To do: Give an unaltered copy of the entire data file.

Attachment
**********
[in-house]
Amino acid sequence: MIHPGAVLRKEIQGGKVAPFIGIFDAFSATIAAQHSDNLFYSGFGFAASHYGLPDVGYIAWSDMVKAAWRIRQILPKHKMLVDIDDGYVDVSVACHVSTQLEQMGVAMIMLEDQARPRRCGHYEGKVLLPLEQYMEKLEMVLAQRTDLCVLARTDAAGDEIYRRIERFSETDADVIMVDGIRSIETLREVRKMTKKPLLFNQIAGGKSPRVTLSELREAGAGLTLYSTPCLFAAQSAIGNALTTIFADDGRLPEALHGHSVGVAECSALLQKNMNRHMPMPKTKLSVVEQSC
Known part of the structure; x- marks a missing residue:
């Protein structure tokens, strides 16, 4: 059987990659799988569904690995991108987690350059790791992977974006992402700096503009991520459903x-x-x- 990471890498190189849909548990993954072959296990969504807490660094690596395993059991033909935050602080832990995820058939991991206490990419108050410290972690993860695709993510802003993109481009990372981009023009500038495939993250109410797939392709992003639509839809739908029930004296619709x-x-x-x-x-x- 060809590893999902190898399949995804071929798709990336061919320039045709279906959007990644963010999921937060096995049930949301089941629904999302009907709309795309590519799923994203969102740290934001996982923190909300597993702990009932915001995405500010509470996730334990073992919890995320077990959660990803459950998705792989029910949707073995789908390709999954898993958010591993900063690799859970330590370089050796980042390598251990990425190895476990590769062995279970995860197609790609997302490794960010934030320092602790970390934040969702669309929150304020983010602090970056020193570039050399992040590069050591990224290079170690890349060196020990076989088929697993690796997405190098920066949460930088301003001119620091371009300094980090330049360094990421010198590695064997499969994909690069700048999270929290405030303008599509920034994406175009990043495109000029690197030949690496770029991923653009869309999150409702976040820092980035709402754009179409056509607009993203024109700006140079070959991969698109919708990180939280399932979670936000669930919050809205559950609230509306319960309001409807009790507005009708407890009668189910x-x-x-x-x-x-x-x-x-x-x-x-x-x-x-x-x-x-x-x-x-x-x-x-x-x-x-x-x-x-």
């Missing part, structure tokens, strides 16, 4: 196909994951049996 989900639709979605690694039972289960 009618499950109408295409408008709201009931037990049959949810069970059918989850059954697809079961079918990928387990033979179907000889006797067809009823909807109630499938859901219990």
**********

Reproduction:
[in-house]
Amino acid sequence: MIHPGAVLRKEIQGGKVAPFIGIFDAFSATIAAQHSDNLFYSGFGFAASHYGLPDVGYIAWSDMVKAAWRIRQILPKHKMLVDIDDGYVDVSVACHVSTQLEQMGVAMIMLEDQARPRRCGHYEGKVLLPLEQYMEKLEMVLAQRTDLCVLARTDAAGDEIYRRIERFSETDADVIMVDGIRSIETLREVRKMTKKPLLFNQIAGGKSPRVTLSELREAGAGLTLYSTPCLFAAQSAIGNALTTIFADDGRLPEALHGHSVGVAECSALLQKNMNRHMPMPKTKLSVVEQSC
Known part of the structure; x- marks a missing residue:
């Protein structure tokens, strides 16, 4: 059987990659799988569904690995991108987690350059790791992977974006992402700096503009991520459903x-x-x- 990471890498190189849909548990993954072959296990969504807490660094690596395993059991033909935050602080832990995820058939991991206490990419108050410290972690993860695709993510802003993109481009990372981009023009500038495939993250109410797939392709992003639509839809739908029930004296619709x-x-x-x-x-x- 060809590893999902190898399949995804071929798709990336061919320039045709279906959007990644963010999921937060096995049930949301089941629904999302009907709309795309590519799923994203969102740290934001996982923190909300597993702990009932915001995405500010509470996730334990073992919890995320077990959660990803459950998705792989029910949707073995789908390709999954898993958010591993900063690799859970330590370089050796980042390598251990990425190895476990590769062995279970995860197609790609997302490794960010934030320092602790970390934040969702669309929150304020983010602090970056020193570039050399992040590069050591990224290079170690890349060196020990076989088929697993690796997405190098920066949460930088301003001119620091371009300094980090330049360094990421010198590695064997499969994909690069700048999270929290405030303008599509920034994406175009990043495109000029690197030949690496770029991923653009869309999150409702976040820092980035709402754009179409056509607009993203024109700006140079070959991969698109919708990180939280399932979670936000669930919050809205559950609230509306319960309001409807009790507005009708407890009668189910x-x-x-x-x-x-x-x-x-x-x-x-x-x-x-x-x-x-x-x-x-x-x-x-x-x-x-x-x-x-």
């Missing part, structure tokens, strides 16, 4: 196909994951049996 989900639709979605690694039972289960 009618499950109408295409408008709201009931037990049959949810069970059918989850059954697809079961079918990928387990033979179907000889006797067809009823909807109630499938859901219990």